What is Apostolic Succession?
Reply to: the deposit of faith Submitted by tomgroeneman on Thu, 2012-05-03 11:54.
I was vague on purpose, not wanting to engage anyone on specifics. But you asked some very good questions which I'll try to answer so you can gain some insight into where I was heading. I'll embed my indented comments in the context of your post which I've quoted here.
Your question appears to me to imply that the differences in application of Apostolic doctrine proves that no real succession has occurred. It is also leading to assume that in order for adherence to Sacred Tradition to be valid it must be infallible. How Irenaeus and the other Church Fathers who taught Apostolic succession understood and taught on the faith is not in my capacity to judge. Your question also confuses the issue of Sacred Tradition with Apostolic Succession both of which I am guessing you are opposed to.
You say it is not yours to judge but yet you have already judged and chosen to accept the blend.
I am not opposed to either sacred tradition or apostolic succession. I am sure they have both been preserved. What I am addressing is that they have not been rightly preserved in the Catholic church. [Let my statement stand as you have said nothing less in this regard.]
To answer I would say that I hold both to be equally important to my walk as a Christian. I trust in the deposit of faith that has been passed down through the centuries in the Bishops and Priests God has called and ordained. The teachings of the Apostles about God, Christ, the Church etc. are for my guidance, protection and benefit and I firmly believe that same charism of truth is imparted by God in the Pope and hierarchy of the RCC. If a specific tradition (which you have not yet identified) is set aside or not used that does not negate the spiritual authority invested in God's shepherds.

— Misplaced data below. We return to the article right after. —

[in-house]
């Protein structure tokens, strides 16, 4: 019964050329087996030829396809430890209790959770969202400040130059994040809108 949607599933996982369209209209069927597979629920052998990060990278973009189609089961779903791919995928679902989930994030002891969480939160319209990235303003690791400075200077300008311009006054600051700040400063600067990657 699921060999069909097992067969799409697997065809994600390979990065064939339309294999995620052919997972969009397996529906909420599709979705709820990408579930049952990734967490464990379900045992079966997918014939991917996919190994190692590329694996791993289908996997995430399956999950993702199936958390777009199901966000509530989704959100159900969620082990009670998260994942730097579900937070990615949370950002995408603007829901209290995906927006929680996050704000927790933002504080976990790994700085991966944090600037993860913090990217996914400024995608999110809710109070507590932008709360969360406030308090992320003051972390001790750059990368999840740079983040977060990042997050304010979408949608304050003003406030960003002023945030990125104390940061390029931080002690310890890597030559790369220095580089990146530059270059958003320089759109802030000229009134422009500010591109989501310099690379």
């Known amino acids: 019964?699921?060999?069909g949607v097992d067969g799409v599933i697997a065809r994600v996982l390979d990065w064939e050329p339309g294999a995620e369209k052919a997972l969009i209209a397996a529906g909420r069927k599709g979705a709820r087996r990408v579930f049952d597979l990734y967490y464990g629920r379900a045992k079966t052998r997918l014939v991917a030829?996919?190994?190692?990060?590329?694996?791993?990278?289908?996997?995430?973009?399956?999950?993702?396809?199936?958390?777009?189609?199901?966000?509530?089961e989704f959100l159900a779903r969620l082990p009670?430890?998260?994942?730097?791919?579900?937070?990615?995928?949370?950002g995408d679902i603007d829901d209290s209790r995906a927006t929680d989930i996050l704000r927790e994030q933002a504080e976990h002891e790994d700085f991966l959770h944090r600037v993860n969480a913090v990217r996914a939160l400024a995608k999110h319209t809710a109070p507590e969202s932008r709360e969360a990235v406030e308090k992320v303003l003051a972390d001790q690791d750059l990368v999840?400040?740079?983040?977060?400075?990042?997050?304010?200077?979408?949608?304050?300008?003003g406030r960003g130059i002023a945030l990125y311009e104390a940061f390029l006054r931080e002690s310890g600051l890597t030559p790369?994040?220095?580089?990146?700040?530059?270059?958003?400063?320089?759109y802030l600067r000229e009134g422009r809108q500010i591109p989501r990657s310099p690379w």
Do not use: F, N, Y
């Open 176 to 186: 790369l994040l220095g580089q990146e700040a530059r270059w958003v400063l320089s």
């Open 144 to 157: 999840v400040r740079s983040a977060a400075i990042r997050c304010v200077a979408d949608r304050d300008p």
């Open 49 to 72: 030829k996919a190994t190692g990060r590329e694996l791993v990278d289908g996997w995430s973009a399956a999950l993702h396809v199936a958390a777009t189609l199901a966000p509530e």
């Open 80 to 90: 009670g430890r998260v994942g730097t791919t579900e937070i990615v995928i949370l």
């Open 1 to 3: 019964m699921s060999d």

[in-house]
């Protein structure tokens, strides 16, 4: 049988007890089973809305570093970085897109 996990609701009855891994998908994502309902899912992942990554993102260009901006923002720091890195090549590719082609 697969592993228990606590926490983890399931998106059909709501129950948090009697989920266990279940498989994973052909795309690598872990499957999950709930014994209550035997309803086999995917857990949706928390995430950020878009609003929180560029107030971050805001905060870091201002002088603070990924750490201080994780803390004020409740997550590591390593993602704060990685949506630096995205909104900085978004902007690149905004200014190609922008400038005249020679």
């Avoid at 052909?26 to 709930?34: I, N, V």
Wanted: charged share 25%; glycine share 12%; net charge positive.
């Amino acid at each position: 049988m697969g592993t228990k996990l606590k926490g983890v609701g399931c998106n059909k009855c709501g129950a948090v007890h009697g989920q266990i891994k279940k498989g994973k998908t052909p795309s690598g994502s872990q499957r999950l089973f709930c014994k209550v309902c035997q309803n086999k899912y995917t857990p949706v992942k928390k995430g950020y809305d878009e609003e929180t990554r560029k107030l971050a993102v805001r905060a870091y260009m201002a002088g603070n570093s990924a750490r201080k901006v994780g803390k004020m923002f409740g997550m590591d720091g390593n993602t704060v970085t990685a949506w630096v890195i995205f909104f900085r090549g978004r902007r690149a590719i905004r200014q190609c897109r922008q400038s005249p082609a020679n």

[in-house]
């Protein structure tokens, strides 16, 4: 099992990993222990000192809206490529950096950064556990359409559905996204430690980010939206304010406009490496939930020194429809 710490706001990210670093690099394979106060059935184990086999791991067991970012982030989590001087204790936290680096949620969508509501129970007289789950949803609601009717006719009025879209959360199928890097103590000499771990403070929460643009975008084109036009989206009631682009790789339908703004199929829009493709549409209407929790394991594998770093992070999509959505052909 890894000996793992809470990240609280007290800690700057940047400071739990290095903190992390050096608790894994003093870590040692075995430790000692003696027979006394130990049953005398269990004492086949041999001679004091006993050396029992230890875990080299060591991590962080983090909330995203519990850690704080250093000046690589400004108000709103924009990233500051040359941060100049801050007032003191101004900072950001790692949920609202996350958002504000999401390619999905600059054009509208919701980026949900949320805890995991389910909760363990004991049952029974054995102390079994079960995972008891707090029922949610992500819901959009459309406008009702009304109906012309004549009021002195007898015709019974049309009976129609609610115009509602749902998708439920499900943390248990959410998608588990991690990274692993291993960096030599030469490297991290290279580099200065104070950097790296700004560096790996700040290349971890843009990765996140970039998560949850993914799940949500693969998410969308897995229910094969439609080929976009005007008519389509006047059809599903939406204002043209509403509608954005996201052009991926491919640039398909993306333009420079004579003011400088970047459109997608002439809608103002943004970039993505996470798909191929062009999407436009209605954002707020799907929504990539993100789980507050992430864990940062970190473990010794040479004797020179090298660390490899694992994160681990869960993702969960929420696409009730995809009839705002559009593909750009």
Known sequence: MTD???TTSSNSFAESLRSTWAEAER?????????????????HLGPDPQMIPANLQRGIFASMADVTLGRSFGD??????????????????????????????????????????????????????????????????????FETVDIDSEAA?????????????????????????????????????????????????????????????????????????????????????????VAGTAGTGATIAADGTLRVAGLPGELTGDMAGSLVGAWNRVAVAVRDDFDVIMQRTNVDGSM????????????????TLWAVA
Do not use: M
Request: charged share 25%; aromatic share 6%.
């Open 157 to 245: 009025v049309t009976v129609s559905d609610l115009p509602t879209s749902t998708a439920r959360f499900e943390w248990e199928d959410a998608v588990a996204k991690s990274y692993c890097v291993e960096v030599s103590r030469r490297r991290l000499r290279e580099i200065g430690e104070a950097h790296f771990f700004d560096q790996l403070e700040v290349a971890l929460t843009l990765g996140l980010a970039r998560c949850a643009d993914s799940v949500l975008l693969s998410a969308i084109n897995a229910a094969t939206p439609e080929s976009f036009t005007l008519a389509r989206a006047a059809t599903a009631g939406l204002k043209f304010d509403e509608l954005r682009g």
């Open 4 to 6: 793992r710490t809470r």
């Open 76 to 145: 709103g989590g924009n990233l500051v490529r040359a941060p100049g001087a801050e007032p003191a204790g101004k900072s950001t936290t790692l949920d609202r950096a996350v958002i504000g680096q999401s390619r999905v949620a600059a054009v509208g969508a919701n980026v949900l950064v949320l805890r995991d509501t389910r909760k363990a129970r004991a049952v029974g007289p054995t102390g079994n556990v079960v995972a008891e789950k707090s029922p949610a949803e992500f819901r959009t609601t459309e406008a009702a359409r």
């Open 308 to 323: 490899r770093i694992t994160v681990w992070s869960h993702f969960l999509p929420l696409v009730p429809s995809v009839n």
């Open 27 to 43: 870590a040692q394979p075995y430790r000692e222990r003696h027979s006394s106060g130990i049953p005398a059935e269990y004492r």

What you trust is their word for what you believe since you neither witnessed it nor presume to judge them. What I trust is the Word of God. Yours is a blind trust in men that they speak for God. Mine is a blind trust in the Bible as the Word of God. We both start with the same standard but your method implies that in the end the original standard wasn't sufficient.
I agree that the teachings are for our guidance, protection and benefit. But as for the charism... we must first prove that it is still one faith, one baptism, one spirit, and one Lord. And to do that we must have a standard. That standard for me is the Bible -- the record by the Apostles of Jesus' words and deeds. Your standard is to judge the truthfulness of the words of men by their own witness of themselves.